James Grimes of Iowa, Charles Sumner of Massachusetts, and Lyman Trumbull of Illinois were the loudest in demanding that Seward be replaced. William P. Fessenden of Maine said that he was uncomfortable with discussing a cabinet member in the presence of his associates. The meeting broke up around midnight, five hours after it began. Some senators stayed behind to finish their remarks.

Fessenden told Lincoln, “You have asked my opinion upon Mr. Seward’s removal. There is a current rumor that he has already resigned. If so, our opinions are of no consequence on that point.” Lincoln acknowledged that Seward had offered to resign, but it had not yet been accepted. Fessenden replied, “I feel bound to say, that as Mr. Seward has seen fit to resign, I shall advise that his resignation be accepted.” Referring to Chase, Trumbull told the president, “Lincoln, somebody has lied like hell!” Lincoln answered, “Not tonight.”

The participants finally dispersed around 1 a.m. By that time, four senators remained firm in demanding Seward’s removal, while the other five were no longer so sure. All nine were fairly confident that whether they demanded it or not, Lincoln would not fire Seward.

When Lincoln arrived at his office the next morning, Chase was there with Welles and Secretary of War Edwin M. Stanton. Noting Chase’s disapproval of how the meeting with the senators had been handled, Lincoln told him that “this matter is giving me great trouble.” Chase explained how he had been embarrassed, and he announced that he had written a letter of resignation of his own. Lincoln quickly asked, “Where is it?” Chase pulled it from his pocket and said, “I brought it with me. I wrote it this morning.” Lincoln replied, “Let me have it.”

Chase reluctantly handed the paper to Lincoln, who read it and said, “This cuts the Gordian knot. I can dispose of the subject now without difficulty; I see my way clear.” Stanton then stepped in and said, “Mr. President, I informed you day before yesterday that I was ready to tender you my resignation. I wish you, sir, to consider my resignation at this time in your possession.” Lincoln replied, “You may go to your Department, I don’t want yours.” He held up Chase’s letter. “This is all I want; this relieves me; my way is clear; the trouble is ended. I will detain neither of you longer.”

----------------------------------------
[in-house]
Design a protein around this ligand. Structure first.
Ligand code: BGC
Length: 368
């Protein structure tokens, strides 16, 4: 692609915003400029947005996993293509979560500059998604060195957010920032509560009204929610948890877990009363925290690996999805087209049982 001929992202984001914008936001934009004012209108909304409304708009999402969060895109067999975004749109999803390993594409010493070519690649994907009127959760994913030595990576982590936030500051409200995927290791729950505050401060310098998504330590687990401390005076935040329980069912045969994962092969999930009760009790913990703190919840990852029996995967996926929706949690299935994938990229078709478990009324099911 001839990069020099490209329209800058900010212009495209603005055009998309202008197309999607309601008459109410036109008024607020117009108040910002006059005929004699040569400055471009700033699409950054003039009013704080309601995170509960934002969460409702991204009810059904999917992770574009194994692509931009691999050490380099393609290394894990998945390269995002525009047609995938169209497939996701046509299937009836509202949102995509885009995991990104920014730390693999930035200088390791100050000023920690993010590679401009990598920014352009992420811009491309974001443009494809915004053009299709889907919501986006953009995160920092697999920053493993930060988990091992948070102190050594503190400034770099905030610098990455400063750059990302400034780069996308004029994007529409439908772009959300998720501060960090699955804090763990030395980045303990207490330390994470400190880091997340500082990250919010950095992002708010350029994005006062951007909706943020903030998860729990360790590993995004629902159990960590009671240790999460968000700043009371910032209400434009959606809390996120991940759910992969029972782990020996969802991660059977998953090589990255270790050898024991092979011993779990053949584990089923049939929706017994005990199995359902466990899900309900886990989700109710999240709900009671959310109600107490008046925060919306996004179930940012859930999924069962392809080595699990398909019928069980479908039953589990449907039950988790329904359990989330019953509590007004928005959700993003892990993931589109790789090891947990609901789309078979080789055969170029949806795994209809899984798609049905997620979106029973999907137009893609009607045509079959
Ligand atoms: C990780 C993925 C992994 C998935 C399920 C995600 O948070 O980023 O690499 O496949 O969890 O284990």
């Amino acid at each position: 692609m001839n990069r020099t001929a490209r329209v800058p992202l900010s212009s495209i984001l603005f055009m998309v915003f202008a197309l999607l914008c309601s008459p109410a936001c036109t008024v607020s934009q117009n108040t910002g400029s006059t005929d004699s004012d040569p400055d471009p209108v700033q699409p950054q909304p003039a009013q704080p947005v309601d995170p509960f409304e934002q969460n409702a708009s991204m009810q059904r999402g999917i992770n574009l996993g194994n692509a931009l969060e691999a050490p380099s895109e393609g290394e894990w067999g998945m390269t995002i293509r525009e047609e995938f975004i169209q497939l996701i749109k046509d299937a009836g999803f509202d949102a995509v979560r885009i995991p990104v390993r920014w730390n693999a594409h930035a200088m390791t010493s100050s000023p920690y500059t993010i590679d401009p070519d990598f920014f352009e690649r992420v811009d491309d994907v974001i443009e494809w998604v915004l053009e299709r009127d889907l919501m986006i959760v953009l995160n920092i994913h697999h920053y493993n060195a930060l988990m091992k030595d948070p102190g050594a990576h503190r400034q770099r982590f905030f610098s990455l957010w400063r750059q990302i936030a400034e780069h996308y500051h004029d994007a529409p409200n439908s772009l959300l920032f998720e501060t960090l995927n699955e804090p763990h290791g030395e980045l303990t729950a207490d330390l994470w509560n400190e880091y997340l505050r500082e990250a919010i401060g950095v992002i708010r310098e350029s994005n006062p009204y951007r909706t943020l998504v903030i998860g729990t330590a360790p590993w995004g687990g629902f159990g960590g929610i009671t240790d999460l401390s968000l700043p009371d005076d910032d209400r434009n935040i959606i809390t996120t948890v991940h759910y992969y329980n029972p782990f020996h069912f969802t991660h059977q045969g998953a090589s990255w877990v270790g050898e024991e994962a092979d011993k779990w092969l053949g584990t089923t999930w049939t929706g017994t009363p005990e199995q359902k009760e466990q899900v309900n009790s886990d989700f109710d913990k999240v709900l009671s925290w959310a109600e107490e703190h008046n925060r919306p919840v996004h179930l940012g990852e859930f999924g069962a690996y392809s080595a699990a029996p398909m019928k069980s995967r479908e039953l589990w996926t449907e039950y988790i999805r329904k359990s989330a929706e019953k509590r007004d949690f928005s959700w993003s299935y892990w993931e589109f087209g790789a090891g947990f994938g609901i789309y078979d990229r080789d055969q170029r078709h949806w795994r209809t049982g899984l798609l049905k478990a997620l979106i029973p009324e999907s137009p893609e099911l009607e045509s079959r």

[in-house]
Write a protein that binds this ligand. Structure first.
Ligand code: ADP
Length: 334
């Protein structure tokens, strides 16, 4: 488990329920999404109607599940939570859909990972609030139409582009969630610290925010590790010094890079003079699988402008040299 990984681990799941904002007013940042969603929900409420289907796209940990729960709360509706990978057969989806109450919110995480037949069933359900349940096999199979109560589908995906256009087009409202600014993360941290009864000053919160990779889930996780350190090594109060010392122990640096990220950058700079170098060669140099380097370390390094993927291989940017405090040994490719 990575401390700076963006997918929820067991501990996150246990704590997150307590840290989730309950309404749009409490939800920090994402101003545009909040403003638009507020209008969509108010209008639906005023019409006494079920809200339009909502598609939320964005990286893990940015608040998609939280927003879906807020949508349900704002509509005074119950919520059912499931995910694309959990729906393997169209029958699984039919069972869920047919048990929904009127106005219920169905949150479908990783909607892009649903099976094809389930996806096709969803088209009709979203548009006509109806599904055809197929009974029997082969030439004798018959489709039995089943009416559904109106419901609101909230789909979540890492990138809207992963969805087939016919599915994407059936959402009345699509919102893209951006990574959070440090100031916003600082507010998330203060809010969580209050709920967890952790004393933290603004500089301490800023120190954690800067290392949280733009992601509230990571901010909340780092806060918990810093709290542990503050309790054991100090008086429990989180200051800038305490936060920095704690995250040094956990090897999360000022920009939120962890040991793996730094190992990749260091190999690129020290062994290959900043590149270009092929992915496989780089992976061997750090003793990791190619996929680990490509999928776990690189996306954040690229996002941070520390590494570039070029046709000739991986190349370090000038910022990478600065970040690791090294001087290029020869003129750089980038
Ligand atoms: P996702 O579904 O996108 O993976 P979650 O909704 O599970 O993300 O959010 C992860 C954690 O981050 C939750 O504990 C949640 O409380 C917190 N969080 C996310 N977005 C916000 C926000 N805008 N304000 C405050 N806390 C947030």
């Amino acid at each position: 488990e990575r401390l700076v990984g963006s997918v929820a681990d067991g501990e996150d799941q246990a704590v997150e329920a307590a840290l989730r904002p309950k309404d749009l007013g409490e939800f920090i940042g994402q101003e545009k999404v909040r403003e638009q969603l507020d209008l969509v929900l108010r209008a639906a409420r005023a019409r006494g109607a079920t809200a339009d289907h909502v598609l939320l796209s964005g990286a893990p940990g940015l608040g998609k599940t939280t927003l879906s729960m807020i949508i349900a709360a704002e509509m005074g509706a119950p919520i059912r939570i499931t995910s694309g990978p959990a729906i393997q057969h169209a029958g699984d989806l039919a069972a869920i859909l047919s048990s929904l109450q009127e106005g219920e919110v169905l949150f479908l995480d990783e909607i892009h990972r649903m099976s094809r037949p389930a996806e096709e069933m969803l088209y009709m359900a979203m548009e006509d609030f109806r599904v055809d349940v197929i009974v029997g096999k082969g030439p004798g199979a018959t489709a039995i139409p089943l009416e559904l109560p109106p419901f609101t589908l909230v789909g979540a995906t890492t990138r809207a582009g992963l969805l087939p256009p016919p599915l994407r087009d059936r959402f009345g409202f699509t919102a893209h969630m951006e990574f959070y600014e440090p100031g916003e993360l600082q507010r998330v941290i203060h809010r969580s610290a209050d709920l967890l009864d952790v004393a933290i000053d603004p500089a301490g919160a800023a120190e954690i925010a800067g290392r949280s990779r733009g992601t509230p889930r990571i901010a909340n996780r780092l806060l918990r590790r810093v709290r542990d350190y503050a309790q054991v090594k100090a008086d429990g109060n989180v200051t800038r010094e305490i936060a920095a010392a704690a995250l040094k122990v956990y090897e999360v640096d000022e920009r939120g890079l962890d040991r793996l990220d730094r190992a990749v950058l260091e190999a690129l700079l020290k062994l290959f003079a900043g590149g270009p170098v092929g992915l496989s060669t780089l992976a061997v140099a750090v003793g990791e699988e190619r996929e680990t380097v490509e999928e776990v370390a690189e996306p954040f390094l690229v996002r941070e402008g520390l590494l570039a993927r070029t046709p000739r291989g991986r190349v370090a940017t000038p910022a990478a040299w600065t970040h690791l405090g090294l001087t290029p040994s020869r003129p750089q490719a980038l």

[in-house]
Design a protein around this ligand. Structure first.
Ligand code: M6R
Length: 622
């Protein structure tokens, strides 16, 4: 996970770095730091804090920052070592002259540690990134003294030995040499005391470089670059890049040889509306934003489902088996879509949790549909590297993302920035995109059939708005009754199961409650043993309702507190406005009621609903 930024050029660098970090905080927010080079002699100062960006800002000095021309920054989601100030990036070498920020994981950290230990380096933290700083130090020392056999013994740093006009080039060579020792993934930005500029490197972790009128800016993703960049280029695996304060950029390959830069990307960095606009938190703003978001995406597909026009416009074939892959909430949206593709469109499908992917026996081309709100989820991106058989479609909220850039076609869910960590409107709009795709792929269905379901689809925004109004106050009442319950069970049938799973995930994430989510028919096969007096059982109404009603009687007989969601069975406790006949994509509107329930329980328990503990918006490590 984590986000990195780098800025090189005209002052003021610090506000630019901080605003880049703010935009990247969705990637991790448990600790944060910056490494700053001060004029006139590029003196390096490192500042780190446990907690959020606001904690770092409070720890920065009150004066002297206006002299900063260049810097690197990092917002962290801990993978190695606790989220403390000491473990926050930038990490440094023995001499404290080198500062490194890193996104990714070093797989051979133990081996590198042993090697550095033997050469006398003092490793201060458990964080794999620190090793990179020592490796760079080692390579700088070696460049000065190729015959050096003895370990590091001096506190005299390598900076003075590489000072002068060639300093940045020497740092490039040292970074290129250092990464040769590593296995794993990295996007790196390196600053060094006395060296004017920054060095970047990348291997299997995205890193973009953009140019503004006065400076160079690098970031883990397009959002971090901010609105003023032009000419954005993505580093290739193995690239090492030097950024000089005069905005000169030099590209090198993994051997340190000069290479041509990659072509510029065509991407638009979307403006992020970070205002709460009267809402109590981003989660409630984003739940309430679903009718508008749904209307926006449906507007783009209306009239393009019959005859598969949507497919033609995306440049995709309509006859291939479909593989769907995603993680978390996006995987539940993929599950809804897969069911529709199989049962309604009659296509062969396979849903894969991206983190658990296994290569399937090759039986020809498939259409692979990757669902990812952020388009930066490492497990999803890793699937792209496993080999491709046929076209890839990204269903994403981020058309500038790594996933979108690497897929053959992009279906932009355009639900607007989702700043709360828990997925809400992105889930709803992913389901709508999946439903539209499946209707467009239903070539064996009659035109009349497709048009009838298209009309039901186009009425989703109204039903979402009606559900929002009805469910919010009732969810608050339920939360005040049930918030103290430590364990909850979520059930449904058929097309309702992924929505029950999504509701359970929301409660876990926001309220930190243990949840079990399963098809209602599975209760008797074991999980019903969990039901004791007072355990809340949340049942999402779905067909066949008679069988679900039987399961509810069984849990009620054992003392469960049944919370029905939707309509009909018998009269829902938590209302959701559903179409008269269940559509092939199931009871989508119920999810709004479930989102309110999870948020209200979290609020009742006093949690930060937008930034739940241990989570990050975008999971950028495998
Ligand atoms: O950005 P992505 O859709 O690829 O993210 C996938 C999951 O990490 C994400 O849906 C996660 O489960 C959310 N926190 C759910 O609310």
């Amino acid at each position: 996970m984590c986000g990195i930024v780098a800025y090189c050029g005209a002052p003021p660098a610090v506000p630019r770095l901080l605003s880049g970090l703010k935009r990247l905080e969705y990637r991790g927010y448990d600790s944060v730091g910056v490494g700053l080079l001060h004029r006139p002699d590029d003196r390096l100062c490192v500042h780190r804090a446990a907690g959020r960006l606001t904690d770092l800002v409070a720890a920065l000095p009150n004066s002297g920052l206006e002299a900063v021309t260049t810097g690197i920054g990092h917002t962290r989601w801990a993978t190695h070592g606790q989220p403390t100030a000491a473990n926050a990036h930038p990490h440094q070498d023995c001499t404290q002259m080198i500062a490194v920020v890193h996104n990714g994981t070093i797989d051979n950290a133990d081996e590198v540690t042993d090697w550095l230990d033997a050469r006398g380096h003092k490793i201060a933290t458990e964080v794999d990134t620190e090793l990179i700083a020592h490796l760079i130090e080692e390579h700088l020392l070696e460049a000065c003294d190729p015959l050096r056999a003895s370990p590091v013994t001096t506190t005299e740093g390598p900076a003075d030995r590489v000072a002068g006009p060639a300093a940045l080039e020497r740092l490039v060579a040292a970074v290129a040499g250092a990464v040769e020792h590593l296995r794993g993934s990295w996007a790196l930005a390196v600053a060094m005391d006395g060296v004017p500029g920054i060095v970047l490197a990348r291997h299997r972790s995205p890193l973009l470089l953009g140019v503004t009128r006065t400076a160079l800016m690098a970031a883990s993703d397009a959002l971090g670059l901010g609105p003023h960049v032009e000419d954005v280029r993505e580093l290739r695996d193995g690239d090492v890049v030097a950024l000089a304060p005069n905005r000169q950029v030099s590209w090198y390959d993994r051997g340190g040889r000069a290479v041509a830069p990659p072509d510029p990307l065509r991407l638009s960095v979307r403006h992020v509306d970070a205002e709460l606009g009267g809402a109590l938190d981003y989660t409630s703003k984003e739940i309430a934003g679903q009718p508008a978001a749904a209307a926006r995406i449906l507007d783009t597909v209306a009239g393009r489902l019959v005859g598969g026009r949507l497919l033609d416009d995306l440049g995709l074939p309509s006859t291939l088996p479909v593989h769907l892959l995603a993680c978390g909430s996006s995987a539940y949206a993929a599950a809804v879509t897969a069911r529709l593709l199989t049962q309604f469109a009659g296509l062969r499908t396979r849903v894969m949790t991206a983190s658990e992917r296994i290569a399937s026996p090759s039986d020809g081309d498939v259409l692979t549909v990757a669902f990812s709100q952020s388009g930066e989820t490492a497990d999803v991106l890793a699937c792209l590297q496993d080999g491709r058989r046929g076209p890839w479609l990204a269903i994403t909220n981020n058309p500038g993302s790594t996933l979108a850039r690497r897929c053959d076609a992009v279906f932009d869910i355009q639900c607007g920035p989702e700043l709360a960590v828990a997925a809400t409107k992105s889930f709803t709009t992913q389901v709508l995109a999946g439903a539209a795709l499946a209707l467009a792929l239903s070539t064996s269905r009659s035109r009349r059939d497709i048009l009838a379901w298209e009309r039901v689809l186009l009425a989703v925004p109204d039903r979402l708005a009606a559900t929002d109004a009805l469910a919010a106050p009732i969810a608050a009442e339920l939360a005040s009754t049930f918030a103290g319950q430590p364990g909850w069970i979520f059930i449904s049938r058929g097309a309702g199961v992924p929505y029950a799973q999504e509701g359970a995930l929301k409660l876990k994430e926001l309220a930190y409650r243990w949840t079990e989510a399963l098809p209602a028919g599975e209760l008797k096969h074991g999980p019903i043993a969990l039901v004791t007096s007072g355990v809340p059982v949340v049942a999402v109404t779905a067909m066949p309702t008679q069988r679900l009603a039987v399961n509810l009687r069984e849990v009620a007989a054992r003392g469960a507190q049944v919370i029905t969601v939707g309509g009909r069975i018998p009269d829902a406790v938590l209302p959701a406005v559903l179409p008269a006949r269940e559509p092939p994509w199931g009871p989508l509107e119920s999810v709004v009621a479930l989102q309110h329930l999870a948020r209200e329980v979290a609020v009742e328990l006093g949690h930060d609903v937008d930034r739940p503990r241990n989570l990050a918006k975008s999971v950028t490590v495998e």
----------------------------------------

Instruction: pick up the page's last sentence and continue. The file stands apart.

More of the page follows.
Chase’s resignation played right into Lincoln’s hands. If the senators insisted on removing Seward, then their greatest ally in the cabinet, Chase, would have to go as well. As Lincoln said to Senator Ira Harris of New York, “I can ride on now. I’ve got a pumpkin in each end of my bag!”

The Radicals ultimately withdrew their demands, and there would be no further attempts to get the president to reorganize his cabinet. Lincoln refused the resignations of both Seward and Chase, and all cabinet members resumed their duties. Lincoln’s shrewdness in handling this affair diffused the political crisis for now, and it showed that Lincoln was the true leader of the Republican Party, having stood up to pressure without yielding an inch to either the senators or his cabinet.